In late January, Sen. Van Taylor (R-Plano) filed S.B. No. 640 and Rep. James Frank (R-Wichita Falls) filed H.B. No. 1323 called the "Tebow Bill," which aims to give privileges concerning sports programs to homeschool families.
The "Tebow Bill" was first introduced on Jan. 2 by Republican delegate Rob Bell who comes from Charlottesville, Virginia. On Jan. 24, the legislation passed with flying colors in the Virginia House of Delegates with a 60-38 vote. The legislation also passed when it reached the Virginia Senate on Jan. 30 with a 22-18 vote.
The bill is named after former NFL quarterback star Tim Tebow who was given an opportunity to play in a Florida-based high school while he was homeschooled. Passing the legislation has been Bell's earnest intention for the past three years. He has also been trying to pass similar legislations since 2005.
One of the most important sections of the legislation states that, "No public school shall become a member of any organization or entity whose purpose is to regulate or govern interscholastic programs."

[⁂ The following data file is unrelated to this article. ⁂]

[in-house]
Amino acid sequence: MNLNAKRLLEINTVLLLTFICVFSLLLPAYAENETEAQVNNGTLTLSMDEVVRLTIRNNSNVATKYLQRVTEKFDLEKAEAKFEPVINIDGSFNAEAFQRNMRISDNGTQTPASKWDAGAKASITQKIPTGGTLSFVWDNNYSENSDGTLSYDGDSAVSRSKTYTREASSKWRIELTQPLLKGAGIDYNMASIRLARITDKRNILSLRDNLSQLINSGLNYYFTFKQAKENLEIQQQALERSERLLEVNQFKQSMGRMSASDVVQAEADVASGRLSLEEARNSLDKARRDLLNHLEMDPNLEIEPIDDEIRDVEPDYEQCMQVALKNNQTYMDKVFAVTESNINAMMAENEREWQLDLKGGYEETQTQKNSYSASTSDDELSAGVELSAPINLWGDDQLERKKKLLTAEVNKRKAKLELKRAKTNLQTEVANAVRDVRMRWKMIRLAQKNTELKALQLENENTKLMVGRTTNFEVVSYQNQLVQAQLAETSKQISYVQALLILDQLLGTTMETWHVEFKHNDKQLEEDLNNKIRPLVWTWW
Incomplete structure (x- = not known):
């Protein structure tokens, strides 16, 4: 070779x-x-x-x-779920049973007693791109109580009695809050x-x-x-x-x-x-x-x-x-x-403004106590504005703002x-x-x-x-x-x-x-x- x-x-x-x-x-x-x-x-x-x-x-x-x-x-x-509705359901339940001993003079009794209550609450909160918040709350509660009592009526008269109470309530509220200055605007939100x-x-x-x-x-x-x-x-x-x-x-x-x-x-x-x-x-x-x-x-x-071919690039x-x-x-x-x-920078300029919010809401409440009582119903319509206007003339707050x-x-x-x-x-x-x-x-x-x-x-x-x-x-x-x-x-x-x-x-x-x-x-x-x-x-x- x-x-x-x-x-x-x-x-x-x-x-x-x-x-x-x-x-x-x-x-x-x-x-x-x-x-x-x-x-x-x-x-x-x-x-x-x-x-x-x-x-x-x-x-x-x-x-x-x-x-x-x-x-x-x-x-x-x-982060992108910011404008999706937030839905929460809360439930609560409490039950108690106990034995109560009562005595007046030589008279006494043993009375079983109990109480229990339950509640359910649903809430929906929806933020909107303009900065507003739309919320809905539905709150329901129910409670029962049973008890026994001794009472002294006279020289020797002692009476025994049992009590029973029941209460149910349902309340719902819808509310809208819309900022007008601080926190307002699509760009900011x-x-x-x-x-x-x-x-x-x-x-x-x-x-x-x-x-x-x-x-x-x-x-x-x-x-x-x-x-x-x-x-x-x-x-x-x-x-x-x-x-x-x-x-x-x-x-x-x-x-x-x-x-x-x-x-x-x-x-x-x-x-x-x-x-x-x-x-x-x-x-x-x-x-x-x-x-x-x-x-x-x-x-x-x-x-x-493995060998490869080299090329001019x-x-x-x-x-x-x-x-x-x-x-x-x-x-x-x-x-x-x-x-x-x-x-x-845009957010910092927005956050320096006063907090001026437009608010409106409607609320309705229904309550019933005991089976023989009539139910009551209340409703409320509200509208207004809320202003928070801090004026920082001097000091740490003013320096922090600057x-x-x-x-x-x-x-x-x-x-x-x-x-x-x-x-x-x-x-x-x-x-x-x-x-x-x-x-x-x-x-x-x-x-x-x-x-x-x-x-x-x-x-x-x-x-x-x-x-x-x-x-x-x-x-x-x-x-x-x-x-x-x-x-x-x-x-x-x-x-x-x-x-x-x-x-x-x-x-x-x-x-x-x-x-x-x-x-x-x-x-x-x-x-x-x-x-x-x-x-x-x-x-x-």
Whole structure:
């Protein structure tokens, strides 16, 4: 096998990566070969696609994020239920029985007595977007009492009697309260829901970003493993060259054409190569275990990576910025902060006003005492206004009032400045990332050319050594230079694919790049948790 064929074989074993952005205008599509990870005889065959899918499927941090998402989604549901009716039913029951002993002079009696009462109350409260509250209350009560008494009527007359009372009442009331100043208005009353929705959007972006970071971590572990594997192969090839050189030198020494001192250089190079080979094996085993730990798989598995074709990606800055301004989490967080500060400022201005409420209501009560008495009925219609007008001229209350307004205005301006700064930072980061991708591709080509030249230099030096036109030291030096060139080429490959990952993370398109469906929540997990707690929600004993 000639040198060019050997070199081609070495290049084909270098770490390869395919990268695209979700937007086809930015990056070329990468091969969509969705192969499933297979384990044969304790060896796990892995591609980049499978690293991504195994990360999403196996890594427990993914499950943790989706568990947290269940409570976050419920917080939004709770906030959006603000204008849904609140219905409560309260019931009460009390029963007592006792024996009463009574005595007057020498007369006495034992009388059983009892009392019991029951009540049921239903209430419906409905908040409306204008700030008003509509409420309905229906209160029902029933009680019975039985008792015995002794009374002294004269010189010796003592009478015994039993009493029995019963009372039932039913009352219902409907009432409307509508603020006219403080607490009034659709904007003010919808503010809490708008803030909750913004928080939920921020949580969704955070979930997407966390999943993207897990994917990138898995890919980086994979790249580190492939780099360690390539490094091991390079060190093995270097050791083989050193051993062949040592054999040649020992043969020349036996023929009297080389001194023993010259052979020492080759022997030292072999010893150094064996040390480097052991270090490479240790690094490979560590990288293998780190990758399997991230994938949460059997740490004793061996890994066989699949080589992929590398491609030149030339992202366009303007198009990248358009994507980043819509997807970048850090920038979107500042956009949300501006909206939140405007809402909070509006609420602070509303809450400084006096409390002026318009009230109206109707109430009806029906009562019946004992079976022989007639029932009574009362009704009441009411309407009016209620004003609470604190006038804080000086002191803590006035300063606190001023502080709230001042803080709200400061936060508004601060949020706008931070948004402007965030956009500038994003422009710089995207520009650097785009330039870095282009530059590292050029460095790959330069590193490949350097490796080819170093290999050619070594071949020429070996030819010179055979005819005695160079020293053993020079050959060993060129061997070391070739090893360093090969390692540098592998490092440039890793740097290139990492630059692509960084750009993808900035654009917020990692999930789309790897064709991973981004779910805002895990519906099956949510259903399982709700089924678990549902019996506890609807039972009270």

"If you are a parent and your kid doesn't fit into the public school curriculum right now, you can go private or you can go homeschooling, except many places, including a county I represent, have very limited private school options," Bell told Associated Press in an interview.
The same source also mentioned that Bell's 2015 and 2016 bills were vetoed by Gov. Terry McAuliffe. "Opening participation in those competitions to individuals who are not required to satisfy the same criteria upends Virginia's extracurricular framework and codifies academic inequality in interscholastic competition," Gov. McAuliffe clarified in his veto statement.
Moreover, Democrat Sen. Chap Petersen (Fairfax) believes that the bill appears to be unfair for students who are already actively participating in their high school sports programs. "I played high school athletics. I know a little bit about it," Petersen explained. "I know you have to have a certain GPA to play on Friday nights. I know you had to basically comply with classroom conduct rules in order to play, and I think those are good rules. They're good rules for kids, and that's what this is about," he said.
With Texas coming into the picture to push for the "Tebow Bill" anew, various opinions regarding its provisions are surfacing once again. Should the bill be passed in Texas, some 350,000 students will greatly benefit from it.
"The home-school parents pay their taxes, and they should have the right to be able to access the University Interscholastic system to give their children a great educational opportunity and experience," Van Taylor explained in a My Fox Zone article.